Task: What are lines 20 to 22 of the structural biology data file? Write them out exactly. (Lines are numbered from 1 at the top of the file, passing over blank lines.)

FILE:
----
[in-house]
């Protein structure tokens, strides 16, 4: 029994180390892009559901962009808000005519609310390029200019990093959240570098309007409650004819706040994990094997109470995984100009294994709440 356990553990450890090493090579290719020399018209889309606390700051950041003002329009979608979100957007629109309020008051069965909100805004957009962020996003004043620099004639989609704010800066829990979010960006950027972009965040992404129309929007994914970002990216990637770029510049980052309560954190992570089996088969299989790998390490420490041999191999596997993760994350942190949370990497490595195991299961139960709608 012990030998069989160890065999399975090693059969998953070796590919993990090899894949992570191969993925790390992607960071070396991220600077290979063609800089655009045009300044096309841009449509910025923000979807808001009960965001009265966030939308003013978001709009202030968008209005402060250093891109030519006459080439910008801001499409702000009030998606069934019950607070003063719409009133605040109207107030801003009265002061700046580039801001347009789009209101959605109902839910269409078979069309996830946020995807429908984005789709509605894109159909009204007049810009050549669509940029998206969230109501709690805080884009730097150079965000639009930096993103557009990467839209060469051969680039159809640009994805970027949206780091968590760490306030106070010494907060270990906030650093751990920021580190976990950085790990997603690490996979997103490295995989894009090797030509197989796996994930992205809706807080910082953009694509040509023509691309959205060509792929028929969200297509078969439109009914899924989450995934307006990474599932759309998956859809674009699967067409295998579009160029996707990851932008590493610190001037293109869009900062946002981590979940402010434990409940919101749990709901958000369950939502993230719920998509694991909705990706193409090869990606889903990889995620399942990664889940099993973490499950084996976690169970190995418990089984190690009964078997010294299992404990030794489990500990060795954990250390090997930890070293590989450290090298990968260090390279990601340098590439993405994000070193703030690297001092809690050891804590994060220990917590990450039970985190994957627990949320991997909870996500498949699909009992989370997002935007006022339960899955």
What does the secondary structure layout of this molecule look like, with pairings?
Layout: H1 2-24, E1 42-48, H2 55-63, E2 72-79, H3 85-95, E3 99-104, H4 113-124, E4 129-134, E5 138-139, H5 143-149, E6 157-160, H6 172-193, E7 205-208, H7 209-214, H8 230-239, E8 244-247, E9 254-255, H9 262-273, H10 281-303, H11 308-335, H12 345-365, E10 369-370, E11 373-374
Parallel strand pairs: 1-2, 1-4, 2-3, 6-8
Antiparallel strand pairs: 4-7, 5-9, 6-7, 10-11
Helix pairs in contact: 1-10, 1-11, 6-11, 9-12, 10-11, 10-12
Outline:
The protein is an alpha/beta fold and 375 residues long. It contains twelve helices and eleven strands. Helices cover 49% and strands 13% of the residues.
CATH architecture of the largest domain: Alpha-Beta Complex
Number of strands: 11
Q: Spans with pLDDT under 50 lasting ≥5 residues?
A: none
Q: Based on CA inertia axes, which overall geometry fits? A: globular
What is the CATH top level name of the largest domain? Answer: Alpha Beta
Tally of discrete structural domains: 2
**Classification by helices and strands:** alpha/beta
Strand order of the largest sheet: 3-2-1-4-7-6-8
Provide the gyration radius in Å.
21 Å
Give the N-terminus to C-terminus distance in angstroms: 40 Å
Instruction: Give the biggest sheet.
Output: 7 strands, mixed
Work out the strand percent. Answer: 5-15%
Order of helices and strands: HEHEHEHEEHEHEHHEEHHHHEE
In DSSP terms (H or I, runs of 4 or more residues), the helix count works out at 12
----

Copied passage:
21 Å
Give the N-terminus to C-terminus distance in angstroms: 40 Å
Instruction: Give the biggest sheet.